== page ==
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Is There An Unlocked Gun Where Your Child Plays?

​On June 21, the American Academy of Pediatrics and the Brady Center to Prevent Gun Violence urges parents to ask a simple question to keep kids safe​

A gun, found by a child, can change lives forever in just a few moments. On June 21, the first day of summer, parents are reminded to ask other parents if there is an unlocked gun in the home where their child is going to play.

The American Academy of Pediatrics (AAP) and the Brady Center to Prevent Gun Violence created ASK Day to prevent injuries and deaths from guns that are stored unsafely in homes. The ASK (Asking Saves Kids) campaign promotes a simple idea with the potential to help keep kids safe. Ask, "Is there an unlocked gun in your house?" before sending your child over to play. 

Gun Safety and ChildrenAbout one-third of homes with kids have guns, many left unlocked or loaded. Just talking to your child about the dangers of firearms is not enough. Children are naturally curious. If a gun is accessible in someone's home, there is a good chance a child will find it and play with it. Countless tragedies have occurred when kids found guns that parents thought were well hidden or safely stored.​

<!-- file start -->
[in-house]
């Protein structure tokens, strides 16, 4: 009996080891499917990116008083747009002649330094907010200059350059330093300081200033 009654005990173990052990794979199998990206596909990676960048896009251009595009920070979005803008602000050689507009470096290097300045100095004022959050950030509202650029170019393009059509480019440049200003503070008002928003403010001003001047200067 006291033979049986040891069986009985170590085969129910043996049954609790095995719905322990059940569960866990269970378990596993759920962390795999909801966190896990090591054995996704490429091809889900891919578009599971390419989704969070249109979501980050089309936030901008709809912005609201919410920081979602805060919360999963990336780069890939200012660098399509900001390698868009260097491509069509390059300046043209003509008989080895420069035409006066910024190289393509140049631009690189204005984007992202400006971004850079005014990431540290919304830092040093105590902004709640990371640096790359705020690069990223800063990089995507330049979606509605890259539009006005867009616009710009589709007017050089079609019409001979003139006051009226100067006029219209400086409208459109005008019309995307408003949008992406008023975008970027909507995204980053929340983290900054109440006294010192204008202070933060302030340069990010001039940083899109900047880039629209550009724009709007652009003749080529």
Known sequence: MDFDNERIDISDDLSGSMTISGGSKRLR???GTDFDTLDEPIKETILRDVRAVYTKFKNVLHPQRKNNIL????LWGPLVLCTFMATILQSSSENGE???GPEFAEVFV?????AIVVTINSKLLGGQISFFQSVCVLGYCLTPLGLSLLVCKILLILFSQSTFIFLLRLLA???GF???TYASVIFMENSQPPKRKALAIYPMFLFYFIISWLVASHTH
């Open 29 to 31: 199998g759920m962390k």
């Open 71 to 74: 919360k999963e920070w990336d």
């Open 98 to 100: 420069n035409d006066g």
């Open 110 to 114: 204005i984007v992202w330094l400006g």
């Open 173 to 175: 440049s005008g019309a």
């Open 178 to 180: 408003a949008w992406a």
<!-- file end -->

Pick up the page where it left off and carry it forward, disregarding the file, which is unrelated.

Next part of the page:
The ASK Campaign Urges Parents:

​If your child is going to play or hang out at a home where he hasn't been before, ask if there is a gun in that home.

    Gun Safety and Children
  • If the answer is no, that's one less thing to worry about.
  • If the answer is yes, then you need to ask how the gun is stored—it should be stored in a locked location and unloaded. Ammunition should be locked up separately.

  • If you are not comfortable with the answers, you should invite the other child to play at your house instead.

​The AAP remains committed to reducing g​un injuries to children, and advocates for stronger gun laws, comprehensive access to mental health ​care, and necessary funding for federal gun violence research and prevention efforts.


Additional Information:

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American Academy of Pediatrics (Copyright © 2018)
The information contained on this Web site should not be used as a substitute for the medical care and advice of your pediatrician. There may be variations in treatment that your pediatrician may recommend based on individual facts and circumstances.
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